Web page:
Beginning Nov. 30, the creators of a vision to turn Albany's waterfront racetrack into Lawrence Berkeley National Laboratory's proposed second campus will take a step back, and no longer will fund the city's outreach efforts for the project or provide additional information to the lab.
In two letters dated Nov. 22, the day Berkeley Lab announced it would , the Stronach Group's development team expressed disappointment with the delay.
(Both letters are attached to this story in the PDF section. They are part of a report scheduled for a .)
Team member Ari Huber wrote in a letter to the University of California at Berkeley, that "Given the extraordinary expense of our efforts to date, we believe we have gone as far as we reasonably can be expected to go in providing the Lab with the information needed to assess the relative merits of the Golden Gate Fields site. Accordingly, we await the Lab's choice of a preferred site prior to incurring further costs."
The Stronach Group has not released information about costs related to its own extensive design and outreach process, which has included weekly sessions with the public, community phone surveys, geophysical testing and detailed site plans and revisions.
But, as of October, according to city documents, the team had to reimburse consultant and staffing costs incurred by the city alone in its Voices to Vision 2 process to engage and inform Albany residents about waterfront development at the racetrack.
DEVELOPER: COLLABORATION, DETAILED APPROACH HAVE BEEN KEY
In his letter, Huber also described the team's efforts since Berkeley Lab's May 2011 decision to include on vying for selection as the second campus site.
He pointed to a "collaborative process" in which developers made an "extraordinary commitment of time and resources" in responding to information requests from the public; sought input from Albany and Berkeley residents and officials; and "engaged local citizens, elected officials and city staffs, community leaders, and public interest groups."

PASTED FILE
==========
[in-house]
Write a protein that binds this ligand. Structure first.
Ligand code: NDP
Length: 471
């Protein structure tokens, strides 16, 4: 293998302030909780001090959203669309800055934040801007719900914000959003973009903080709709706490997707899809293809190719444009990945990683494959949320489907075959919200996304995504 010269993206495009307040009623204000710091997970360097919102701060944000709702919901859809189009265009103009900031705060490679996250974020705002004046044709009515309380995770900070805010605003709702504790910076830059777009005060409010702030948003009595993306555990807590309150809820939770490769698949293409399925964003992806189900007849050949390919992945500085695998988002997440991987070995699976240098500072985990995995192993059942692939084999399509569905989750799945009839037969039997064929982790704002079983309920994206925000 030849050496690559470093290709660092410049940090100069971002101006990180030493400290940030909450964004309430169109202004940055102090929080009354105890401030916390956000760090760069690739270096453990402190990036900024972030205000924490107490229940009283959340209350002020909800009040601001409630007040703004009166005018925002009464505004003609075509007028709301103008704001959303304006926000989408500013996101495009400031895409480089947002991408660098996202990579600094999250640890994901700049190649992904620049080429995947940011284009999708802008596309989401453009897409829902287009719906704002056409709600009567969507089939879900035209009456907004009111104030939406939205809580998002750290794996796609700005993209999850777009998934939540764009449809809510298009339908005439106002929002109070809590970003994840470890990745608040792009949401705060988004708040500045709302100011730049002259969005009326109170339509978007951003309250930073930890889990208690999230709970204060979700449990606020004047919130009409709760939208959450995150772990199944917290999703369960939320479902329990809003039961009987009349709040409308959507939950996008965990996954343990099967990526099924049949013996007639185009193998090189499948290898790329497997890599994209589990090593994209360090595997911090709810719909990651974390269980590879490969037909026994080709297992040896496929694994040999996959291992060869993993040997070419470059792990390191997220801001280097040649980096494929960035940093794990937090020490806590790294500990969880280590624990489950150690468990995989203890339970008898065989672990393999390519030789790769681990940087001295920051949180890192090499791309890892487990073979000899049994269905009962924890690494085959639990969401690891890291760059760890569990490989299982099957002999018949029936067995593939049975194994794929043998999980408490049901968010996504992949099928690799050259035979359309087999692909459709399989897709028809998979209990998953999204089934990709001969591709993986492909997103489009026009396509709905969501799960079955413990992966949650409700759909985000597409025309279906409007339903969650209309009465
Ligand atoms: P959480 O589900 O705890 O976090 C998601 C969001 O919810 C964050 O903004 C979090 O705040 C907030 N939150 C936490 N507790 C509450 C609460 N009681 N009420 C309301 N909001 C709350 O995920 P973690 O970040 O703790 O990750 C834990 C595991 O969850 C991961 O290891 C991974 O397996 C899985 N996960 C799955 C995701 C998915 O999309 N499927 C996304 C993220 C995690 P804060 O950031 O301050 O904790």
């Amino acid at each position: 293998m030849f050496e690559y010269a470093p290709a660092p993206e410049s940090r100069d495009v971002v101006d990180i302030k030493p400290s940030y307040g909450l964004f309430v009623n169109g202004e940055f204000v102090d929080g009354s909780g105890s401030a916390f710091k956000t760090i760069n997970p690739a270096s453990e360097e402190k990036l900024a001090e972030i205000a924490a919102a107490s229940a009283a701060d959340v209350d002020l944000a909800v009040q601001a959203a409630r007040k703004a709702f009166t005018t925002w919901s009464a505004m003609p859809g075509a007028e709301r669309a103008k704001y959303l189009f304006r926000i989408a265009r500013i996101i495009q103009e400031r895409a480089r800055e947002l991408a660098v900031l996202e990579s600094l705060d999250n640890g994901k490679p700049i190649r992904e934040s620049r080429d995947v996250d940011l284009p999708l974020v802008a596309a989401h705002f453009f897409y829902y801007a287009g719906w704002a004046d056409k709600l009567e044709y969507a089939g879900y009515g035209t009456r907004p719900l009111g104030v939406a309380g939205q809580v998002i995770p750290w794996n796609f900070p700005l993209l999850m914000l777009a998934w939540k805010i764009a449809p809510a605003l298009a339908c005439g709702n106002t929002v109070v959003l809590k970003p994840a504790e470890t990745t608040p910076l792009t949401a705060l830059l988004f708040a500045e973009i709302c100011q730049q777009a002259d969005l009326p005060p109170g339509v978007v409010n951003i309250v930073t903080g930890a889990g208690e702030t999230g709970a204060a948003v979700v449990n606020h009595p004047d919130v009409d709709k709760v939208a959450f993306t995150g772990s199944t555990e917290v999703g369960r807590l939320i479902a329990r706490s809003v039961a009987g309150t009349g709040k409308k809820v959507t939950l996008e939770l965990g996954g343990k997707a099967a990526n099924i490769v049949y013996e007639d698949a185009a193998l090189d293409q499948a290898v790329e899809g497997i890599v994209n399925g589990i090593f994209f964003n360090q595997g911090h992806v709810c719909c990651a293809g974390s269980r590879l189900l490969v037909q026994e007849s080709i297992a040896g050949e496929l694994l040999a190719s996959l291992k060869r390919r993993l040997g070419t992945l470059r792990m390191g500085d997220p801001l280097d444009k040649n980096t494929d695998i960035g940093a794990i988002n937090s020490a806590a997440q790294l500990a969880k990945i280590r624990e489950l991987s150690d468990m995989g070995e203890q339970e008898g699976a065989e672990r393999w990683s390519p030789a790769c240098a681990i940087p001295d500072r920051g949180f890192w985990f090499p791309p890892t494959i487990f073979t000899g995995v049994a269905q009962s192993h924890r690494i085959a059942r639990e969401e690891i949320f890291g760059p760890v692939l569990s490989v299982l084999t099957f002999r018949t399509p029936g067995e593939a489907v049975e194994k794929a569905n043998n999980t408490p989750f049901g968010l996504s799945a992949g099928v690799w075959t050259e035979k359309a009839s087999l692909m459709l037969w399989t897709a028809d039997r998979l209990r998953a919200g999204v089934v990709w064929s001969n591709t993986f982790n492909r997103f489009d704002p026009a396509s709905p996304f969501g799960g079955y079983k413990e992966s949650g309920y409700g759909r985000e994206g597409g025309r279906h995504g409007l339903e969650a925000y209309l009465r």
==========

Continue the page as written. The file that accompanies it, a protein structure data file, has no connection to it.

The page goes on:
Huber also wrote that the Golden Gate Fields site plan demonstrates qualities that are "quite simply beyond the reach of ."
Developers have pointed to stunning vistas, attractive communities and superior geophysical attributes—in the form of, for one, bedrock running along the eastern area of the site—as just a few of the reasons the it would be the right choice for Berkeley Lab.
Huber's letter was positive in tone, depsite some public concern about the project's impact on Albany and a recent report finding that the city could see only $300,000 annually from the endeavor.
Of the development plan, he wrote, the team has "every reason to believe [it] will be embraced by the community." (The lab has said in its decision-making process.)
MONEY FOR CITY OUTREACH EFFORTS IS TAPPED
Huber also wrote to Albany City Manager Beth Pollard. He told her that, due to the "extraordinary expense" of the process, "we are anxious to avoid incurring further project-related costs" pending a decision by Lawrence Berkeley National Laboratory "that would justify those expenditures."
Most recently, the Stronach Group has been reimbursing the city for its costs related to a charged with investigating the ramifications of waterfront development at the track, as well as the Voices to Vision 2 process that started earlier this year.
As of Nov. 30, developers will no longer cover these costs.
It's unclear whether sessions with Fern Tiger Associates, scheduled for December 2011 and into next year, will still happen.
Huber said developers would continue paying for these activities only if Berkeley Lab chooses Golden Gate Fields as its preferred site, and if developers reach an agreement with Berkeley Lab about the second campus deal.
VOTER INITIATIVE STATUS?
Development at the waterfront likely also would be dependent on a major change to business-as-usual for Albany politics. Under Measure C, voters decide the fate of proposed bay-side changes at the end of the city's zoning approval process and environmental reviews.
Attorney Cleve Livingston said, during the Nov. 6 Golden Gate Fields Task Force meeting, that the Stronach Group development team was working on drafting a voter initiative to change this process to give the City Council, rather than the voters, the final say. Following voter approval, as well as the regular zoning process and environmental reviews, the City Council ultimately would decide whether to move the project forward.
(Livingston is .)
Livingston said developers hoped to share a draft on Nov. 13, but could not commit to doing so.
At the group's Nov. 20 meeting, consultant Fern Tiger said she had not received any updates about possible initiative language since Livingston's comments on Nov. 6.
On Nov. 28, development team member Wei Chiu confirmed that initiative plans are on hold pending the lab's decision.
Weekly community open houses hosted by the developers also are on hiatus, Chiu said.
Read more about the process for selecting the proposed second campus of the Lawrence Berkeley National Laboratory on Albany Patch here.
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